# Breadth First Search Graph Traversal

*for S*

Graph traversal, or the process of moving around a graph, is one of the most fundamental problems in computer science. One way of doing it is with Breadth First Search.

Let’s say you had a graph of some sort - a network of cities. Each city is just hanging out, doing its thing, but one day you hear that a diamond necklace was stolen from your city, and the thief was spotted in one of the other cities. You don’t know which of the other cities - mostly because you are a civilian and the cops don’t see why you should know. For various reasons, you are not allowed to contact anybody, and must travel yourself in order to check for the presence of the necklace in a given city with your DiaDetector®, which has a range of 20 miles.

You live in an absurdly large country of the future, with a large number of cities. Here’s a network depicting all the cities:

You want to answer 2 questions:

- what is the shortest path from your city to the city with the stolen diamond necklace?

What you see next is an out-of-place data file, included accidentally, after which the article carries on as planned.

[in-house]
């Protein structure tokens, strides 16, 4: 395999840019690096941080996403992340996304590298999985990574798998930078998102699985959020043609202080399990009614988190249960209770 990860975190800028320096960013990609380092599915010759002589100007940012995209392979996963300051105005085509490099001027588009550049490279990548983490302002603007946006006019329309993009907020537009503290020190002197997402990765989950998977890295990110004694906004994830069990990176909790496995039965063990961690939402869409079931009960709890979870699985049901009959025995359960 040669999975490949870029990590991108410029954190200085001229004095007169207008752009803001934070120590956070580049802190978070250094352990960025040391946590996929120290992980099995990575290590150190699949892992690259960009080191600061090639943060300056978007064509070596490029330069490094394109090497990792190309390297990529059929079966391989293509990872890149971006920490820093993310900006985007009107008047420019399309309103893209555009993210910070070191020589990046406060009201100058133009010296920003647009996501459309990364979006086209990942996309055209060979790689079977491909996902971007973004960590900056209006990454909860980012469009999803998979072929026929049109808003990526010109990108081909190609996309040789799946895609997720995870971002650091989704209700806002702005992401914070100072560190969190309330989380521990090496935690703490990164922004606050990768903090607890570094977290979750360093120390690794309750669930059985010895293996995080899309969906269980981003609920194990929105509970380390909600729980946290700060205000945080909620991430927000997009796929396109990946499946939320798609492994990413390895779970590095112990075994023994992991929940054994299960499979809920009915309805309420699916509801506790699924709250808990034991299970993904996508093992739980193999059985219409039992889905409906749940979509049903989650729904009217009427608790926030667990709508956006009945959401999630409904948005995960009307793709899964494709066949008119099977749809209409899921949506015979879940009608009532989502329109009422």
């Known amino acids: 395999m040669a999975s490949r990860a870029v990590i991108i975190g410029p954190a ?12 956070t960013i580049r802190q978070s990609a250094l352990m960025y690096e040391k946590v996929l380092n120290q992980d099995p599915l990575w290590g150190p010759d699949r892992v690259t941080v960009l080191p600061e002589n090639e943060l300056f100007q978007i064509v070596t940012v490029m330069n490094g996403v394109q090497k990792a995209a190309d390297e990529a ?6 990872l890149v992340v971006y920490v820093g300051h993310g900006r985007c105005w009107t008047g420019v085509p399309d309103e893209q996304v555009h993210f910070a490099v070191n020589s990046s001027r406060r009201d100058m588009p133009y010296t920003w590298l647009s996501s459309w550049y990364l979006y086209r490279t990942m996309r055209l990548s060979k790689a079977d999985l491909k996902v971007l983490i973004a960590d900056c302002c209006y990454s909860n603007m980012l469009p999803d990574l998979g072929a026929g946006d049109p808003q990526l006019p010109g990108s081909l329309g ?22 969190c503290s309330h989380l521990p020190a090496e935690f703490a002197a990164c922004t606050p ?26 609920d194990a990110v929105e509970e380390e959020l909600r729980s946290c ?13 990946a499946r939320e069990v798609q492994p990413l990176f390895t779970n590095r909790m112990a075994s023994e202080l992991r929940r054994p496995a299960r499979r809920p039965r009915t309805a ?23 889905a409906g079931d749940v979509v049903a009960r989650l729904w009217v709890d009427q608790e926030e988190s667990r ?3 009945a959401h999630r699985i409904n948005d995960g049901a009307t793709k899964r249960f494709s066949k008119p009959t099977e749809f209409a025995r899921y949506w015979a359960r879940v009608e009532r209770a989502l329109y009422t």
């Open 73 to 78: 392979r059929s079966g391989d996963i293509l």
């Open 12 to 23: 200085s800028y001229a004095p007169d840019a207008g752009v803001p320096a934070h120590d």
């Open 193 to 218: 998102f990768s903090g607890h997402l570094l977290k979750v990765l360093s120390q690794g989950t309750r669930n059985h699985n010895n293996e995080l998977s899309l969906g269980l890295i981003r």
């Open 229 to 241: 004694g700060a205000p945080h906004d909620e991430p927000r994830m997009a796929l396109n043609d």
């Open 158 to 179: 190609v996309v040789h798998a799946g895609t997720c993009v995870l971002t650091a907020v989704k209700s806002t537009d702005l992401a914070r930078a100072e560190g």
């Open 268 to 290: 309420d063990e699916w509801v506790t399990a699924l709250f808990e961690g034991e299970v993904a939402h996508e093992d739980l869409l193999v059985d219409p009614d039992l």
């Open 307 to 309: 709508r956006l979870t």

- where is the stolen diamond necklace?

Each city is around 20 miles in diameter, so all you need to do to ascertain the presence of the diamond necklace is get to the center of the city and fire up the DiaDetector®. You want to make sure you don’t forget going to a city. You also want to be able to keep track of the path from your city to a given city (you don’t have access to this overall map).

According to the excellent Khan Academy page on Breadth First Search, the process assigns two values to every single node in a graph:

- A distance, giving the minimum number of edges in any path from the source vertex to vertex
*v*. - The predecessor vertex of
*v*along some shortest path from the source vertex. The source vertex’s predecessor is some special value, such as null, indicating that it has no predecessor.

Here is a good Stackoverflow thread that details the differences between Depth First Search and Breadth First Search. Depth First Search is another paradigm for approaching this.

Assuming you did the background reading, and assuming I did an okay job of explaining it, you now see one method of traversing the graph of cities in your country: